I write this letter to you as a matter of professional courtesy, which is something I’m sure you will need to look up in the dictionary, as after our recent encounter, I seriously doubt you have any idea you know what it means.
This past Saturday, I was asked to attend the WSU show in Union City, New Jersey, to honor the WSU champion, Mercedes Martinez. As you are very well aware, Mercedes has been atop of the WSU roster since she won the title back in May of 2008. Now whom did she beat for that belt? I just had the name on the tip of my tongue a moment ago. Oh, that’s right, she beat you. So you should be very familiar with that match indeed.
Back to the point, however. The night was supposed to be about Mercedes. PWI was asked to come and present WSU’s Woman of the Year award to Ms. Martinez, I was to say a few kind words, and all would be well. But that wasn’t okay with you, was it?
I had a feeling from the moment you entered the ring during Mercedes’ acceptance speech that things wouldn’t continue to go so smoothly. When you grabbed the mike and started directing your frustrations toward me, I was sure the evening would be ruined.
While I’m normally a very attentive, patient, and laidback person, hearing you yammer on and on about how your All Guts, No Glory title needed to be recognized by not only WSU, but by PWI as well, well that really struck a bad chord with me. Look, any kid who’s cut enough lawns can save up to buy a belt and start proclaiming him or herself a champion as well. Doesn’t mean we, or anyone, has to acknowledge it.
As you continued spouting off your career accomplishments, which I will be the first to admit are rather impressive, my frustration at your audacity to come in the ring and steal Mercedes’ spotlight, not to mention my time, continued to grow.
Sure, I may have turned my back on you a few times. Maybe I checked my phone to see the score of the TCU vs. Utah college football game. Certainly I stopped listening more than halfway through.
Regardless of what I did, it does not excuse your actions that followed.
When you placed your hands on me and began ranting and raving about how you were going to “drop me” and “rip me apart” until you got your way, I knew you were out of your mind.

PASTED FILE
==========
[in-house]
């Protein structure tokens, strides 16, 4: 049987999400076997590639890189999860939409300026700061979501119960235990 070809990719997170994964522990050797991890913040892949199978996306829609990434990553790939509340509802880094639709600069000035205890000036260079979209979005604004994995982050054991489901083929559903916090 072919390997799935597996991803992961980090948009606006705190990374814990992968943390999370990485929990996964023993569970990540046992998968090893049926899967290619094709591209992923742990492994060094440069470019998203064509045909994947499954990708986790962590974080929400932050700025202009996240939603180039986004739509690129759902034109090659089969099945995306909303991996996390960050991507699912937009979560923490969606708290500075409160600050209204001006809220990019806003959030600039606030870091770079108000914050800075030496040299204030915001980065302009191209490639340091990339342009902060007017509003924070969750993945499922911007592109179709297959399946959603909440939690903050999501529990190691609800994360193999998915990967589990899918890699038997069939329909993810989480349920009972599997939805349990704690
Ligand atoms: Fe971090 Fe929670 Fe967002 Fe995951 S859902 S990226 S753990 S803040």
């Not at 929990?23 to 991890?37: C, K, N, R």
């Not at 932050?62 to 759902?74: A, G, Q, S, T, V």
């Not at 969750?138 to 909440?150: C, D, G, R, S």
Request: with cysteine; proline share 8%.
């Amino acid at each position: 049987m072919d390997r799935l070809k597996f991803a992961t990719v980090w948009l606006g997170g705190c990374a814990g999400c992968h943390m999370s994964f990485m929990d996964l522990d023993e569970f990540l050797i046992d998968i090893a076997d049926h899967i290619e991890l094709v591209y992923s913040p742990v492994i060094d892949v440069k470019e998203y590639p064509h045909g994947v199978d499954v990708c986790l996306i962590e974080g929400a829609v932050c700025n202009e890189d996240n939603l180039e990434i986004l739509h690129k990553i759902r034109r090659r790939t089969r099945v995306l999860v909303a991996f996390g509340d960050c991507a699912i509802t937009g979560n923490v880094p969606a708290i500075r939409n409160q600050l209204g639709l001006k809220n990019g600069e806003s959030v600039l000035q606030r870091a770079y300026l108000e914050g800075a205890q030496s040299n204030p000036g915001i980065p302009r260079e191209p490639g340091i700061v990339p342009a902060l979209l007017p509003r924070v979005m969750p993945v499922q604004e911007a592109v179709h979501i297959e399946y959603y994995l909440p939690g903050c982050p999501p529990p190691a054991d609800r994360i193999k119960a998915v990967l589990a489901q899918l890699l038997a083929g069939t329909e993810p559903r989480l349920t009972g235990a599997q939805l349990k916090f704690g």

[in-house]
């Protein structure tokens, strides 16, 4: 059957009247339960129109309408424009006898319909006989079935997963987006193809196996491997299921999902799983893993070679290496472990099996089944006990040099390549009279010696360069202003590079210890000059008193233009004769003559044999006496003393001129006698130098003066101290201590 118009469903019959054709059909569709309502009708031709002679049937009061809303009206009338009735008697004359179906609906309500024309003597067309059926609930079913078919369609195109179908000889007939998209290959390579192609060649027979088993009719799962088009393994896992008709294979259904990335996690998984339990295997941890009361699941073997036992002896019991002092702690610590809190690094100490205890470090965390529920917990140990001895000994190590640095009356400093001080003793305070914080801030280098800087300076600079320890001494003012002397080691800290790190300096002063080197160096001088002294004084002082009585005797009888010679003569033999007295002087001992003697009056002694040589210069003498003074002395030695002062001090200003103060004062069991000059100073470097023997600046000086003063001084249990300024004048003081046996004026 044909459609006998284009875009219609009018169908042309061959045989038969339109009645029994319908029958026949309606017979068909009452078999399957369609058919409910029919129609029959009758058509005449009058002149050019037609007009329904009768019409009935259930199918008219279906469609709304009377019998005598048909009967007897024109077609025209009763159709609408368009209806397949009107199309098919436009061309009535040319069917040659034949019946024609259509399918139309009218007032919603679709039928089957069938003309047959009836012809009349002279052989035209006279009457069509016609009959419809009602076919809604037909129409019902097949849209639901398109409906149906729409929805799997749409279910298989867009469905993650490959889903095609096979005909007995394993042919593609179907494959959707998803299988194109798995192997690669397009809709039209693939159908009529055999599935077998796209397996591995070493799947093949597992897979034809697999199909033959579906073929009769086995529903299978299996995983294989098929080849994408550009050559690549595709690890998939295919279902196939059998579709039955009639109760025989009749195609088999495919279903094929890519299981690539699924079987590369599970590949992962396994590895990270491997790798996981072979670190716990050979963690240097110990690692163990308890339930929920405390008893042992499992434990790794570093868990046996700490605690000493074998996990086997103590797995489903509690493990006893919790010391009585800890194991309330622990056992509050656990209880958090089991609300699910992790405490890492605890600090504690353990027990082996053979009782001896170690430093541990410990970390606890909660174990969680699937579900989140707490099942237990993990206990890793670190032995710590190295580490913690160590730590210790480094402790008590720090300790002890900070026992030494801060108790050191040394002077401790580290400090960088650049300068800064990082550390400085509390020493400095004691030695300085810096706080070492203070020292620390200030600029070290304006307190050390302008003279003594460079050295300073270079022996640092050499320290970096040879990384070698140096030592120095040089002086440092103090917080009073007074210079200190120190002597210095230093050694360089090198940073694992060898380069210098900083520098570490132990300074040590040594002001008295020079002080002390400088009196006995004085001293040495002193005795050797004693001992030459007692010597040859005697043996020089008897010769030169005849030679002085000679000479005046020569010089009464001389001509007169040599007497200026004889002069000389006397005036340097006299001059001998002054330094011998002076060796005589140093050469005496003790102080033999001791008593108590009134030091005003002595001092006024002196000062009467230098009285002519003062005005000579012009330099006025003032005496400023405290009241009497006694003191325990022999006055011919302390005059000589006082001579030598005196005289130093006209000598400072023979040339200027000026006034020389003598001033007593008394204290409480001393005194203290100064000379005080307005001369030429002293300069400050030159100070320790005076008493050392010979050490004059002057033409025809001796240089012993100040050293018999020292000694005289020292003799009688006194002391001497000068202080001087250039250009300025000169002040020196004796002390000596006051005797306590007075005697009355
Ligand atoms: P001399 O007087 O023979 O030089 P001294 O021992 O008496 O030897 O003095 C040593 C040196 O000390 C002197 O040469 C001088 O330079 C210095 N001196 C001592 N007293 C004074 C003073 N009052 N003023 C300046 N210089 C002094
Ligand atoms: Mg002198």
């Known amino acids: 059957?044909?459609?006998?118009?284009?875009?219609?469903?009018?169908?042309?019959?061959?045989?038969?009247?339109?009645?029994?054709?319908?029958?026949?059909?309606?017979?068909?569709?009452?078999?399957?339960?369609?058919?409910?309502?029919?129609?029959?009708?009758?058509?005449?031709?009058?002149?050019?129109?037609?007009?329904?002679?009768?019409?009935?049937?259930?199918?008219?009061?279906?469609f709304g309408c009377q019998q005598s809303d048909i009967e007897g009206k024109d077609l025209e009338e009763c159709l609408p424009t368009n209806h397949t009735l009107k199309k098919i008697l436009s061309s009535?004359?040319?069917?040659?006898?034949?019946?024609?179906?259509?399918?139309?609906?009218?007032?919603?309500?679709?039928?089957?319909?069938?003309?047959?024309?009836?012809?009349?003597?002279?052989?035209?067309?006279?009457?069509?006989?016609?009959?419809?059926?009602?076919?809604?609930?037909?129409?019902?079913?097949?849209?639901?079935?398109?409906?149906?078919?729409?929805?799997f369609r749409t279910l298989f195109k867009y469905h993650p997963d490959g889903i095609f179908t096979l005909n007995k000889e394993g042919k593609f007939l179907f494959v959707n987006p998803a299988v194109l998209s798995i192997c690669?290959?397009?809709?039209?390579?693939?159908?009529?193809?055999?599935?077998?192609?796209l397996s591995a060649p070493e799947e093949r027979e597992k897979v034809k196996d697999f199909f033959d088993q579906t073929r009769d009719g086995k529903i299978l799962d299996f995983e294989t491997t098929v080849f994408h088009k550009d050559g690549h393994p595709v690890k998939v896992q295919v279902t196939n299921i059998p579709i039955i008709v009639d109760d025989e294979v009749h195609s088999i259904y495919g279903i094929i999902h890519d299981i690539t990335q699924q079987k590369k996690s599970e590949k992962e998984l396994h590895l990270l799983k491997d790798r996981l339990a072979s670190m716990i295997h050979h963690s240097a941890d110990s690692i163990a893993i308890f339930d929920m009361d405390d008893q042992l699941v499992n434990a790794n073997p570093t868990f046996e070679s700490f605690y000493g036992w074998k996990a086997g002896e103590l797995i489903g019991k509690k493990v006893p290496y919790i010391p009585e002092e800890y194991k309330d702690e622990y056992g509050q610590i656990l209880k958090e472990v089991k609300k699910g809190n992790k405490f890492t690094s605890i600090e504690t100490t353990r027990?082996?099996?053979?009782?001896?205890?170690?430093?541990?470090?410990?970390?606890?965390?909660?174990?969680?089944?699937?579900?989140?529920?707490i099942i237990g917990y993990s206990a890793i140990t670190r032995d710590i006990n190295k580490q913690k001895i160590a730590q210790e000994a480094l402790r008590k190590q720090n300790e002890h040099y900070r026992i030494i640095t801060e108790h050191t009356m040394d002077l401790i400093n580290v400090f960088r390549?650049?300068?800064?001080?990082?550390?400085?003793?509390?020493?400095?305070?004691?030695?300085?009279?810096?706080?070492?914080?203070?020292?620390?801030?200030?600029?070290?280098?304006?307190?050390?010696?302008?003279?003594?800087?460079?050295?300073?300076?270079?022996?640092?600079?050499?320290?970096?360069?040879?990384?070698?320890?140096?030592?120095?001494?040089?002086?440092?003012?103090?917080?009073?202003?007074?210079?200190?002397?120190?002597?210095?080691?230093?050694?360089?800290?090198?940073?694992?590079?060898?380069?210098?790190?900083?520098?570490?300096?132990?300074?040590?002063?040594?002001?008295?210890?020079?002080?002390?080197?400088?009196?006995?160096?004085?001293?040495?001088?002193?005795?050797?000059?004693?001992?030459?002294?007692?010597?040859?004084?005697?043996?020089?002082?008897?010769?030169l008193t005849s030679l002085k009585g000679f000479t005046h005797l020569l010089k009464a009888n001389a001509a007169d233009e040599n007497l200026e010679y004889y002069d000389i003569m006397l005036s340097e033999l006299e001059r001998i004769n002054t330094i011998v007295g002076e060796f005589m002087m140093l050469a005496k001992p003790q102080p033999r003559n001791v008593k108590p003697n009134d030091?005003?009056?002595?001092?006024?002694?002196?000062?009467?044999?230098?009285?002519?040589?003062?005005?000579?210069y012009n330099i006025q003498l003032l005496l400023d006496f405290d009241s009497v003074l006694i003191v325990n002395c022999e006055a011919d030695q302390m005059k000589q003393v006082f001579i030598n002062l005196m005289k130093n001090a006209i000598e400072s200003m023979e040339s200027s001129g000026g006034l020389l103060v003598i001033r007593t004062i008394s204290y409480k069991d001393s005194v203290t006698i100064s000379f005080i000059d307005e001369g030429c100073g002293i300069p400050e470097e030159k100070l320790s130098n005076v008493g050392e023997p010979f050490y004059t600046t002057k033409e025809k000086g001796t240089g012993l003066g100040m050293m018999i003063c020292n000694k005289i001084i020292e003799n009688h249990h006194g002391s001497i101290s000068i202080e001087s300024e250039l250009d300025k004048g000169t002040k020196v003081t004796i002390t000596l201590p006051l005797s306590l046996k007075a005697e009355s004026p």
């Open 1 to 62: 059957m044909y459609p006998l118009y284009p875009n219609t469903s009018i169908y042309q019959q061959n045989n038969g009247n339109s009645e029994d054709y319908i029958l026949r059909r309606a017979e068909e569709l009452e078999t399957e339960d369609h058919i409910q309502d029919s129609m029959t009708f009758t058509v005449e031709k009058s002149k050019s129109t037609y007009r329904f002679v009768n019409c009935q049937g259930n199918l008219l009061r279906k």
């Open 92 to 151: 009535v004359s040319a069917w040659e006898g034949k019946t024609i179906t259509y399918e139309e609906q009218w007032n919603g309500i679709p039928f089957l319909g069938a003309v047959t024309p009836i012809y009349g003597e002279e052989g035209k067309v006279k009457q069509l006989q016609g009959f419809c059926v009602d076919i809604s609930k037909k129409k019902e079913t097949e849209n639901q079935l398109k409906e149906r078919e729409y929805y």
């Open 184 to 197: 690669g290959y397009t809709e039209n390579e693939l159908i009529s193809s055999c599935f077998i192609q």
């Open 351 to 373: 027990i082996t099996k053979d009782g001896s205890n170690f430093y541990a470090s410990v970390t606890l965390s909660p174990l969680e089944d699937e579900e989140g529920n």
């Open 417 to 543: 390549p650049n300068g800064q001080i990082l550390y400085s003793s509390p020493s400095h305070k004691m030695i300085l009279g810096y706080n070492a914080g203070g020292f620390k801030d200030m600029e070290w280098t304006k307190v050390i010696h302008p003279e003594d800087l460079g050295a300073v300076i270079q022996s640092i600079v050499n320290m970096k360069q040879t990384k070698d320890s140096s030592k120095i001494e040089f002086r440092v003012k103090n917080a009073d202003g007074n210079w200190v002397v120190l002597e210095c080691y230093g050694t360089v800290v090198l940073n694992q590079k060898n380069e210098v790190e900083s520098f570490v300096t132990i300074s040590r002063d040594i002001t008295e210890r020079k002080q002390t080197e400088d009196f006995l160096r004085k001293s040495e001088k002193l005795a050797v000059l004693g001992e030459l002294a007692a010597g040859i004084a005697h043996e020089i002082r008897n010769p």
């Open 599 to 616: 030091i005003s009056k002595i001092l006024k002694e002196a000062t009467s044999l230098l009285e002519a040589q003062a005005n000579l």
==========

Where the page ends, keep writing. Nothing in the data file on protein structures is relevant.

When I heard head WSU official Ray Sager yell to you to stop, I thought, Finally, someone is taking control of this mad woman. As WSU conceded to your threats in fear of my safety (and, more likely, a possible lawsuit), I was very pleased to have you let go of me, and get as far away from me as possible. But when you came back in my face, taunting me, delivering a painful knee to my stomach, and throwing me to the ground, that is when you crossed a line that should never be crossed.
Let’s get something straight, Ms. Orsini, I’m not a trained fighter. Much like The Thomas Jefferson Building at the Library of Congress, “The Pen Is Mightier” has been firmly engraved in my foundation. What does picking on me prove? That you, a trained combatant, can take down a kid who hasn’t been in a fight since Dan Martin tried to steal my lunch money in 5th grade? Well, cheers to you.
The real travesty of this whole thing, Ms. Orsini, is that WSU officials did what they felt they had to for my safety (by the way, I do appreciate that) and now the AGNG title is officially recognized. But was that the right thing to do?
Caving in to—well let’s call it what it was—your terroristic threats was a huge mistake on their part. They’ve set a horrible precedent that undermines every ethic the company stands for.
As for me, anytime I’m asked to appear at a ceremony, I’m going to have to request bodyguards at my side in case some wrestler feels they can have their way with the magazine’s editorial policy through me. Believe me, Ms. Orsini and anybody else who might have a similar idea, PWI cares more about its journalistic principles than they do me. And that’s not a joke.
I’ve already let the WSU front office know I have no interest in pressing legal action against you or the promotion itself. I don’t see any reason to put both our companies through the anguish of a drawn-out court battle. Besides, after taking one of your hits personally, I have no doubt it will only be a short matter of time before someone much tougher comes along to put you in your place.
With that all said, Ms. Orsini, congratulations on having WSU recognize your championship belt. I hope you had fun displaying it around backstage on Saturday night while I was being cared for by medical personnel. But I want you to know something: While I may not be the final word in recognizing titles, I certainly have a very big vote. And as long as I am here, I will do everything in my power to make sure that hunk of metal you call a championship belt never gets recognized by the PWI family of magazines.
To me, Ms. Orsini, you will always be the kid down the street who cut some lawns over the summer, saved up some cash, bought a belt, and started calling herself a champion. And believe me, that takes absolutely no guts, and even less honor.
Jeff Ruoss Managing Editor Pro Wrestling Illustrated